We Americans are an inconsistent lot, and nowhere is that more exposed than in our views on cheating. Sometimes we hold our heroes to the letter of the law, and excoriate them when they break the rules. Other times we just shrug it away, e.g., Ronald Reagan in the debates and later with Contra-Iran or Bill Clinton with his philandering bordering on sexual predation.
Nowhere are our conflicted views more visible than in sports. (That’s not really surprising. We use sports as a laboratory to examine the most critical issues in society—gay equality, equal pay for equal work, violence against women, marijuana legalization, etc.) Sometimes we publicly humiliate sports heroes for cheating and come after them with flaming faggots and pitchforks like a mob storming the castle, e.g., A-Rod, Pete Rose, Sammy Sosa, etc. Other times, we just sort of shrug and wink, e.g., Maradona, Roger Clemens, Gaylord Perry, and Manny Ramirez.
More often than not, though, we come down on the side of cheaters. We simply ignore their cheating and continue to give them standing ovations at every opportunity, e.g., Barry Bonds, Mark McGwire and Dwayne Wade. “At least they cared enough to cheat” seems to be the predominant feeling. Or maybe it’s a matter of “they’re our cheaters and they cheated for us.” Who knows?
Perhaps our ambivalence is because above all, America is about success. We love success, and don’t like to think too much about where it comes from. Perhaps it’s some cultural equivalent of childhood trauma. America is a nation of refugees, our forebears a gathering of people thrown out of our original countries for the simplest of reasons: We were losers. So we tend to be quick to celebrate winning, and slow to ask how that winning happened, and once we find out, even slower to criticize it. (Yes, I’m looking at you, Lance.)
This is a timely discussion because last night the KC Chiefs stomped the living dog shit out of the mighty New England Patriots on TV. The Patriots, under Bill Belichick, have been the most successful football franchise of the last decade and a half. They’ve won three Super Bowls and 77% of their games.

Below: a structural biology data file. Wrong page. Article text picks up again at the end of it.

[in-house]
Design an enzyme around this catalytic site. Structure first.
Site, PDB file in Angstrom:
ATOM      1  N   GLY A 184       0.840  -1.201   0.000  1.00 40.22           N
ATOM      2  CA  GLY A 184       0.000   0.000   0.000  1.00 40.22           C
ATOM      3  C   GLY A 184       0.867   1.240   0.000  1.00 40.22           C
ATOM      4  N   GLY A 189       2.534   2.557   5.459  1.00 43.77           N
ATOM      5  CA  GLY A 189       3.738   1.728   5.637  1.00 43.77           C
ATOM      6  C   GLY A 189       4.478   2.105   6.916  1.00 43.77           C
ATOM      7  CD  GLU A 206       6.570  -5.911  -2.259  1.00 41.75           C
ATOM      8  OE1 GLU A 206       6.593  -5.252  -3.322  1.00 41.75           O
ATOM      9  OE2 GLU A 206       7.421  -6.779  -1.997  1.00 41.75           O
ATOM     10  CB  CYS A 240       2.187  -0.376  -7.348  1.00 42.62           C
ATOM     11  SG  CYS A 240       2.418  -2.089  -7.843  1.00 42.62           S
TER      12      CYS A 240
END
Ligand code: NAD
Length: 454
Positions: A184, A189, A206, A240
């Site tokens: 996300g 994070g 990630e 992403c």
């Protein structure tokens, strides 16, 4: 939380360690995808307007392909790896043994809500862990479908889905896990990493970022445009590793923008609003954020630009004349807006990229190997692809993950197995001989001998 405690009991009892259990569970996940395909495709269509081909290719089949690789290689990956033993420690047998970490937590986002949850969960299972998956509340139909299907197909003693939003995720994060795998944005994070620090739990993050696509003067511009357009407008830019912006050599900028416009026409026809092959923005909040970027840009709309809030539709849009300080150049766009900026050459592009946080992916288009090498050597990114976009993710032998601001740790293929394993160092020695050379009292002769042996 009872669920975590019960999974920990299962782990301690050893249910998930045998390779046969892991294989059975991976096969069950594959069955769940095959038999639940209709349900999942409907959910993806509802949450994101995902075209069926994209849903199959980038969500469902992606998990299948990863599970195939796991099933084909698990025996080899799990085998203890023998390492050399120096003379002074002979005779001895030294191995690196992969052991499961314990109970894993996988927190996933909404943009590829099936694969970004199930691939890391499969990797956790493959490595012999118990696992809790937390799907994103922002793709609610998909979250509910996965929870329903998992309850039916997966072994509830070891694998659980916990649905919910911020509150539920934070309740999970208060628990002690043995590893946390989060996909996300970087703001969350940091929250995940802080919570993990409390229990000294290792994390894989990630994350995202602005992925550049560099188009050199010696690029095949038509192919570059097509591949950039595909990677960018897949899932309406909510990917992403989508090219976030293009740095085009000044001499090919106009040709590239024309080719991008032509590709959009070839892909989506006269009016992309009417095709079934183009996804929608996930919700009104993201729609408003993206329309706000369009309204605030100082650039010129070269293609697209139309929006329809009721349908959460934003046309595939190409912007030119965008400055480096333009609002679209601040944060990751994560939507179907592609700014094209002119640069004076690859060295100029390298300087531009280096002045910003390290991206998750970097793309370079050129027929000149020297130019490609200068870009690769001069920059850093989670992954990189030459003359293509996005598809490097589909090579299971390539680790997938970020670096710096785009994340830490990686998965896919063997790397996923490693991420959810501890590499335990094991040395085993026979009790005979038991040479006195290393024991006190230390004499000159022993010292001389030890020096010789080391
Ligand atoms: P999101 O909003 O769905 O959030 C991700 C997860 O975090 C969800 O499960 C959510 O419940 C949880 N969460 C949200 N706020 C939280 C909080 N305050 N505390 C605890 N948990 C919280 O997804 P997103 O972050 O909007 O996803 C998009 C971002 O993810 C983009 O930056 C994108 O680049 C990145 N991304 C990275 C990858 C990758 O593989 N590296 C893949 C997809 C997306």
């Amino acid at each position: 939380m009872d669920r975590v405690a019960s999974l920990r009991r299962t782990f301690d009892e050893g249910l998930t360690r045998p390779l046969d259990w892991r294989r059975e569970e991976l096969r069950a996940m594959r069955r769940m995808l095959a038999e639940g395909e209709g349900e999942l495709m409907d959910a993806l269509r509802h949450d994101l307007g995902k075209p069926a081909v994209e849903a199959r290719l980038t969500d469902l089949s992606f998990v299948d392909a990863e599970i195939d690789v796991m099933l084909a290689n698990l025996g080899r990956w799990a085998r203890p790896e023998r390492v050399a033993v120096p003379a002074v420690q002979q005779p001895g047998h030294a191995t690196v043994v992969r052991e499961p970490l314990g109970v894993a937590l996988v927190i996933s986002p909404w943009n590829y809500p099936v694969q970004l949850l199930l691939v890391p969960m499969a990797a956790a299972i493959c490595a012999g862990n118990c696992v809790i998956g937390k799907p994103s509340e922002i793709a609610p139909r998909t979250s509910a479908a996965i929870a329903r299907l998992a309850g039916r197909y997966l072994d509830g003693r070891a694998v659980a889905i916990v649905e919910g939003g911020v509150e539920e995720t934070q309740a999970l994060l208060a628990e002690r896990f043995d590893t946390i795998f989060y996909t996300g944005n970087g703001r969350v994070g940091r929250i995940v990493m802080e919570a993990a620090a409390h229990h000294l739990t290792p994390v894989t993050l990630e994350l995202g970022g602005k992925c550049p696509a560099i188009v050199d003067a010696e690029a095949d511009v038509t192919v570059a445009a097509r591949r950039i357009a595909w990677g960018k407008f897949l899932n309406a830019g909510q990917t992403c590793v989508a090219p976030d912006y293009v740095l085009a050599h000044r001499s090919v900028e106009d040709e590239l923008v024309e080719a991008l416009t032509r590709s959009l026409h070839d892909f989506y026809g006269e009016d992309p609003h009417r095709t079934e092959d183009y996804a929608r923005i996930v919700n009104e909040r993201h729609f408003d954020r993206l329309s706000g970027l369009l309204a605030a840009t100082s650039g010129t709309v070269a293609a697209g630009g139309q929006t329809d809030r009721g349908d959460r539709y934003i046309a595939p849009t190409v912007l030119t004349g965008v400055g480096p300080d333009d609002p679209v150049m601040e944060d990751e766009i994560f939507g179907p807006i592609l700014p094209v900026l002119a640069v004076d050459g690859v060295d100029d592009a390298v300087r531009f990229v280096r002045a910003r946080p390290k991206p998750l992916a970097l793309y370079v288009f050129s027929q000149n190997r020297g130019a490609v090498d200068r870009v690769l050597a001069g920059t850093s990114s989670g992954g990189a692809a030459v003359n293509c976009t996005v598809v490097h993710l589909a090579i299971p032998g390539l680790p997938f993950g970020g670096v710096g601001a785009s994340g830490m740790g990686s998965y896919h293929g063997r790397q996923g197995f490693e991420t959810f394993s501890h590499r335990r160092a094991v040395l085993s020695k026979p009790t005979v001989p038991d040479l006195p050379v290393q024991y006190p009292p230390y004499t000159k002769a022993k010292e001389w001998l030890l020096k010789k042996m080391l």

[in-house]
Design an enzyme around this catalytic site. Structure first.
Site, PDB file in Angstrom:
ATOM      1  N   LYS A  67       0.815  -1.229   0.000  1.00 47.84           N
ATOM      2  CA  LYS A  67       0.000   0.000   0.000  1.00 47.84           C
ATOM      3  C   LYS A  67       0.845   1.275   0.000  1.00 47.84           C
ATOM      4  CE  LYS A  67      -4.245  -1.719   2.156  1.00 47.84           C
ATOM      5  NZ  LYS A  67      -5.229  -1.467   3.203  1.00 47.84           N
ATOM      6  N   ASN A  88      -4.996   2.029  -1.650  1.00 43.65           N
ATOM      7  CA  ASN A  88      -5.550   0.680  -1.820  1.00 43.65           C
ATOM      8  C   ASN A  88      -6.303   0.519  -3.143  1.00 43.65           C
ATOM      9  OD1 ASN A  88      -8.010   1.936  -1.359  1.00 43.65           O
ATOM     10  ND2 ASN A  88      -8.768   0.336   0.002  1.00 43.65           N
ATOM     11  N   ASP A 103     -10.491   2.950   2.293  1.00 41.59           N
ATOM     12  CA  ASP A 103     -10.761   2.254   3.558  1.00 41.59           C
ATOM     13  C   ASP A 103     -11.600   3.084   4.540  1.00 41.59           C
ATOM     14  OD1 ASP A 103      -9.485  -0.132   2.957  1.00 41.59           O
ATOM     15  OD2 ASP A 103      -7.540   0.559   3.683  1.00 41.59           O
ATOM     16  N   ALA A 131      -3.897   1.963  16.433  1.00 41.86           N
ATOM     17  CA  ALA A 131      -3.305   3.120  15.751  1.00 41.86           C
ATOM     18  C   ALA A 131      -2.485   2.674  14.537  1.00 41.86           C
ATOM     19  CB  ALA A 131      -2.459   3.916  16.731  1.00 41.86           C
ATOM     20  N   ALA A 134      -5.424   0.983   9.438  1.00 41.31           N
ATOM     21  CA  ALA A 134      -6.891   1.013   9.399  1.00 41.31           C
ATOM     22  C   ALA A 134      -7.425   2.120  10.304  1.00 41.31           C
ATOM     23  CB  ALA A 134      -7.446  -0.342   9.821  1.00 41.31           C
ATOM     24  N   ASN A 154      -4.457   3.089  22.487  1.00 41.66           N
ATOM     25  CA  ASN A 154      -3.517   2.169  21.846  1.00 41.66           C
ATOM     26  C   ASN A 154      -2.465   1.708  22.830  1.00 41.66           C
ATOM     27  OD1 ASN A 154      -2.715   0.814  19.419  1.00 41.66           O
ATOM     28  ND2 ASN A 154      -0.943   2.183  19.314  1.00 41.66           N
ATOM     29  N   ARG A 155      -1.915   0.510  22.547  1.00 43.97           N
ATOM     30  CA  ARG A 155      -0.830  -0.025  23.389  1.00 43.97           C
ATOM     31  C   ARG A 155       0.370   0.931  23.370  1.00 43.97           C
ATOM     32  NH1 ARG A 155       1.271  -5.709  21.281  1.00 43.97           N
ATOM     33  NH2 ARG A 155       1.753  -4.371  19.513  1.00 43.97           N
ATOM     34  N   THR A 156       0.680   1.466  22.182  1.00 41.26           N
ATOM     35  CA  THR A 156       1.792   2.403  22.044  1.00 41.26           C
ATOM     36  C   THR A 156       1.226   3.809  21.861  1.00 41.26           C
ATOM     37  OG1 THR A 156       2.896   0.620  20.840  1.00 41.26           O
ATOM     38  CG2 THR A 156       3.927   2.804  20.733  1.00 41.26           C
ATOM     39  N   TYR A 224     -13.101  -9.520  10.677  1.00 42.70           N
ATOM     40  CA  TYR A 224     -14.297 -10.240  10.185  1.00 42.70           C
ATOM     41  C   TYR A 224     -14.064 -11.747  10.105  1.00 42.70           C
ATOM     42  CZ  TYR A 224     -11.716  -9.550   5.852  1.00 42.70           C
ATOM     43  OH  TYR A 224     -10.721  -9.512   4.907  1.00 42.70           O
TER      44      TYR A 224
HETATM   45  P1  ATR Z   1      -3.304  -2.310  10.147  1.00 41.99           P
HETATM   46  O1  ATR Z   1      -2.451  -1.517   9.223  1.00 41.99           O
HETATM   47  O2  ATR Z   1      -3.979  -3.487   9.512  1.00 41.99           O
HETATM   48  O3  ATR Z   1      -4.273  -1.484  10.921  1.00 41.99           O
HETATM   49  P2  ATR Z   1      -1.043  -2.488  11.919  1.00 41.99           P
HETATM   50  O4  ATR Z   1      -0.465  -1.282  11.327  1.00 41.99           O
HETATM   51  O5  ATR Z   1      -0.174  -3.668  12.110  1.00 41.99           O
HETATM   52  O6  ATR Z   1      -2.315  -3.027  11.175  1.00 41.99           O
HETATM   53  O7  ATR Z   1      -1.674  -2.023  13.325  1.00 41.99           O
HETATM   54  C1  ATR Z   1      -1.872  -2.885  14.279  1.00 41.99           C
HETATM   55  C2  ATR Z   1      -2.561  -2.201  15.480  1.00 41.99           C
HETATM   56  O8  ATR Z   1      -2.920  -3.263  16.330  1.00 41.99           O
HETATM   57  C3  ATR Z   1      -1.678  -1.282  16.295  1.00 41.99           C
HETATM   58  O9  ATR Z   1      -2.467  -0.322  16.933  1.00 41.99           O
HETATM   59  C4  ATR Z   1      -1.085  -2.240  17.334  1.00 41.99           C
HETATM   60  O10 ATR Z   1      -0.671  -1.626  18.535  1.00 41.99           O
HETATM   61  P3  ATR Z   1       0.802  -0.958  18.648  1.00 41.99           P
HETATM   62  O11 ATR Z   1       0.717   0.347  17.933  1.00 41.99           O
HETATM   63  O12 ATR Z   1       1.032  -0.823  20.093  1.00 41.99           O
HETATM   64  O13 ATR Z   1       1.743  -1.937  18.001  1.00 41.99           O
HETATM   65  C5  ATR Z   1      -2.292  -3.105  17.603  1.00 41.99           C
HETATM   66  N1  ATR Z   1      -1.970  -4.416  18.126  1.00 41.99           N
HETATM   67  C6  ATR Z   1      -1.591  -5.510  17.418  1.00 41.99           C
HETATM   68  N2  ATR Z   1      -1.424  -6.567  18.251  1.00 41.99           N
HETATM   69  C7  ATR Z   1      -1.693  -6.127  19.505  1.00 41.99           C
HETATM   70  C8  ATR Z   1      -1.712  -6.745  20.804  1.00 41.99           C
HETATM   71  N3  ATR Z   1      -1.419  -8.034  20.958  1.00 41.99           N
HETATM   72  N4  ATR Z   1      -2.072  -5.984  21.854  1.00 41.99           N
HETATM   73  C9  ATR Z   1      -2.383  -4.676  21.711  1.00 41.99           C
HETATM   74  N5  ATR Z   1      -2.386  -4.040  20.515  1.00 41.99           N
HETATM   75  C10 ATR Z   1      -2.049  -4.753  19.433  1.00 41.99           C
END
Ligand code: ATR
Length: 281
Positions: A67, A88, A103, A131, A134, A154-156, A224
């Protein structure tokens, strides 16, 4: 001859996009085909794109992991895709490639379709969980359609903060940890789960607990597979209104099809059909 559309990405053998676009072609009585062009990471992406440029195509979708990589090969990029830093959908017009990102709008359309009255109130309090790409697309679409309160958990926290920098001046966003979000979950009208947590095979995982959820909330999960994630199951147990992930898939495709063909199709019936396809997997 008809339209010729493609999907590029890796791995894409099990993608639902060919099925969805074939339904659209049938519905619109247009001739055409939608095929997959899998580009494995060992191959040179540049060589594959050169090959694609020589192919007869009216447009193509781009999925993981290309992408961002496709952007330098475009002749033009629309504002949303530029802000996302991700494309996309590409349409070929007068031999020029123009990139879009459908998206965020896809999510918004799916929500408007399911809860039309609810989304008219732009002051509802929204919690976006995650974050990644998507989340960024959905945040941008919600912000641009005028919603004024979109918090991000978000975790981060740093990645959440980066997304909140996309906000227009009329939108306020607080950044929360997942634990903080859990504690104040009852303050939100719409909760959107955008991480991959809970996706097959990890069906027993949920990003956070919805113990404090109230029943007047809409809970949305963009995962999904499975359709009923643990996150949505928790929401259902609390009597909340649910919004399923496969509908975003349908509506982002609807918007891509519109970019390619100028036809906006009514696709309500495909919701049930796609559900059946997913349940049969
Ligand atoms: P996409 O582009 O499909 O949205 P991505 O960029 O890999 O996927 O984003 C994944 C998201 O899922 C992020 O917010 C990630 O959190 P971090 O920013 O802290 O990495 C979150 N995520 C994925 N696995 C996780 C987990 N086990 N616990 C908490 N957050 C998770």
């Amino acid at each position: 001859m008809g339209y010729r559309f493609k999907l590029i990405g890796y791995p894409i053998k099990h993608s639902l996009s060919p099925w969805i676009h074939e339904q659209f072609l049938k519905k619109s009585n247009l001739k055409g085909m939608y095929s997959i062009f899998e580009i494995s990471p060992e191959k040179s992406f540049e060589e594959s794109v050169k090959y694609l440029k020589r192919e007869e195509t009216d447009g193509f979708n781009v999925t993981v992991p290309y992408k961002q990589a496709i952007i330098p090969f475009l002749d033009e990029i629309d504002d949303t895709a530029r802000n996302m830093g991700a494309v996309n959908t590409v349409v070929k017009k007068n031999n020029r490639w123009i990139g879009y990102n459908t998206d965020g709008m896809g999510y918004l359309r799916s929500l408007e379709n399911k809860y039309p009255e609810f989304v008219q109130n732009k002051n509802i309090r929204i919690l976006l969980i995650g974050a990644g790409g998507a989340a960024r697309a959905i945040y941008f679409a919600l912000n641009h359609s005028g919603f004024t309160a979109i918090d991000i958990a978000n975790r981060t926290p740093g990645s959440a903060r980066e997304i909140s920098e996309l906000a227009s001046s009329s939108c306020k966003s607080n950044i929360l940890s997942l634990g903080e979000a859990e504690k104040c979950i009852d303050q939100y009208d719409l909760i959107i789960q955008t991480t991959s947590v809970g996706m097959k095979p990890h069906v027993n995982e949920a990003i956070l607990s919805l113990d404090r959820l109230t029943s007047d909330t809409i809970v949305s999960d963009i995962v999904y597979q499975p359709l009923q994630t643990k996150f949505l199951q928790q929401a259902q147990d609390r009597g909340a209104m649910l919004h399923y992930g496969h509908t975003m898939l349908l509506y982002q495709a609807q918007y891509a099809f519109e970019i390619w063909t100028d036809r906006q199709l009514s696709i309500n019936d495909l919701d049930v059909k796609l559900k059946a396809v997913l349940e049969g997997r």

However, they’re also cheats. In September of 2007, they were caught videotaping the final practice (walk-throughs) of opposing teams just before they played. Not surprisingly in a game like football where reaction time is critical, it’s a real advantage knowing exactly what your opponents will do before they do it. The NFL made them stop and imposed the largest fines ever given.
Funny thing, though: in the seven years before they got caught cheating, they won three Super Bowls. Since, they’ve won none. Zero. Nil. They’ve continued to pile up wins at almost the same rate, but no Super Bowls.
It’s proof, were any needed, that cheating works. But wait, there’s more. Belichick acolyte Josh McDaniels went on to become head coach at Denver, and also got caught videotaping competitor practices two years after New England had been outed. McDaniels’ record while he was cheating was 8-8, or a winning percentage of 50%. After he was caught and forced to stop, he went 3-9, or 25%.
And New Orleans was investigated in 2012 for bugging opposing coaches during 2000 to 2004. The year before the bugging started the team went 3-13, a winning percentage of 19%. During the four years of cheating the team went 34-30, a winning percentage of 53%. The year after the bugging stopped the team returned to 3-13.
That is, if they stopped in 2004. The bugging was reported in 2012. In the three years before 2012, the team went to three straight playoffs, won a Super Bowl and had a winning percentage of 77%. Since they’ve gone to one playoff, won nothing, and had a winning percentage of 54%.
Your grandmother said, “Winners never cheat and cheaters never win.” Your grandmother never met Bill Belichick.